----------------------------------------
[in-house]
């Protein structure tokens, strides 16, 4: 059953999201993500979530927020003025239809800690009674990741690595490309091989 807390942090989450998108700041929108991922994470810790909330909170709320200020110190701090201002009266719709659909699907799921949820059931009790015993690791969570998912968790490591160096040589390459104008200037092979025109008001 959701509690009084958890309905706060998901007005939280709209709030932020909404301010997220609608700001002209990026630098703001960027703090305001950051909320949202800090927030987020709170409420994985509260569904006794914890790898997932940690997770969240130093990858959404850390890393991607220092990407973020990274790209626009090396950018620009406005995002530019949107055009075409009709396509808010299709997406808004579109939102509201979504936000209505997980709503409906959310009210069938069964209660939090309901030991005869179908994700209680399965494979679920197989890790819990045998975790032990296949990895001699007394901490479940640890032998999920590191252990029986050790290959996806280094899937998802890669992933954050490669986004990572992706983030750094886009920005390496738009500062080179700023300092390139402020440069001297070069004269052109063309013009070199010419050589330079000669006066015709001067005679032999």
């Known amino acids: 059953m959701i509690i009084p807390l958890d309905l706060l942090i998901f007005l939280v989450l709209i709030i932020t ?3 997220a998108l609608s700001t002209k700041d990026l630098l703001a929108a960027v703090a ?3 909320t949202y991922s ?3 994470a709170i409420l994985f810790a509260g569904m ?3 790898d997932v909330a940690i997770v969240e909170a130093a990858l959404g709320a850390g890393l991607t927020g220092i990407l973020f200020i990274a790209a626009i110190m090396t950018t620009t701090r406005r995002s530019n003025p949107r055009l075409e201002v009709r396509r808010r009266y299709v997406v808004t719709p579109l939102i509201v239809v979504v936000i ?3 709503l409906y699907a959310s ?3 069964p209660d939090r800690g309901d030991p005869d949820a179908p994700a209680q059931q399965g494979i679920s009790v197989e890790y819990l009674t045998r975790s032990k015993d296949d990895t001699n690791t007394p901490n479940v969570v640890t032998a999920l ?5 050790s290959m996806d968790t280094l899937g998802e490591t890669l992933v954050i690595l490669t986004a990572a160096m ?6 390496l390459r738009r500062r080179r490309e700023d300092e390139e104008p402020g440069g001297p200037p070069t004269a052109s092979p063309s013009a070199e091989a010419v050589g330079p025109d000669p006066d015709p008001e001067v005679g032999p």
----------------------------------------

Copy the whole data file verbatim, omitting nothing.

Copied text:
[in-house]
């Protein structure tokens, strides 16, 4: 059953999201993500979530927020003025239809800690009674990741690595490309091989 807390942090989450998108700041929108991922994470810790909330909170709320200020110190701090201002009266719709659909699907799921949820059931009790015993690791969570998912968790490591160096040589390459104008200037092979025109008001 959701509690009084958890309905706060998901007005939280709209709030932020909404301010997220609608700001002209990026630098703001960027703090305001950051909320949202800090927030987020709170409420994985509260569904006794914890790898997932940690997770969240130093990858959404850390890393991607220092990407973020990274790209626009090396950018620009406005995002530019949107055009075409009709396509808010299709997406808004579109939102509201979504936000209505997980709503409906959310009210069938069964209660939090309901030991005869179908994700209680399965494979679920197989890790819990045998975790032990296949990895001699007394901490479940640890032998999920590191252990029986050790290959996806280094899937998802890669992933954050490669986004990572992706983030750094886009920005390496738009500062080179700023300092390139402020440069001297070069004269052109063309013009070199010419050589330079000669006066015709001067005679032999």
């Known amino acids: 059953m959701i509690i009084p807390l958890d309905l706060l942090i998901f007005l939280v989450l709209i709030i932020t ?3 997220a998108l609608s700001t002209k700041d990026l630098l703001a929108a960027v703090a ?3 909320t949202y991922s ?3 994470a709170i409420l994985f810790a509260g569904m ?3 790898d997932v909330a940690i997770v969240e909170a130093a990858l959404g709320a850390g890393l991607t927020g220092i990407l973020f200020i990274a790209a626009i110190m090396t950018t620009t701090r406005r995002s530019n003025p949107r055009l075409e201002v009709r396509r808010r009266y299709v997406v808004t719709p579109l939102i509201v239809v979504v936000i ?3 709503l409906y699907a959310s ?3 069964p209660d939090r800690g309901d030991p005869d949820a179908p994700a209680q059931q399965g494979i679920s009790v197989e890790y819990l009674t045998r975790s032990k015993d296949d990895t001699n690791t007394p901490n479940v969570v640890t032998a999920l ?5 050790s290959m996806d968790t280094l899937g998802e490591t890669l992933v954050i690595l490669t986004a990572a160096m ?6 390496l390459r738009r500062r080179r490309e700023d300092e390139e104008p402020g440069g001297p200037p070069t004269a052109s092979p063309s013009a070199e091989a010419v050589g330079p025109d000669p006066d015709p008001e001067v005679g032999p």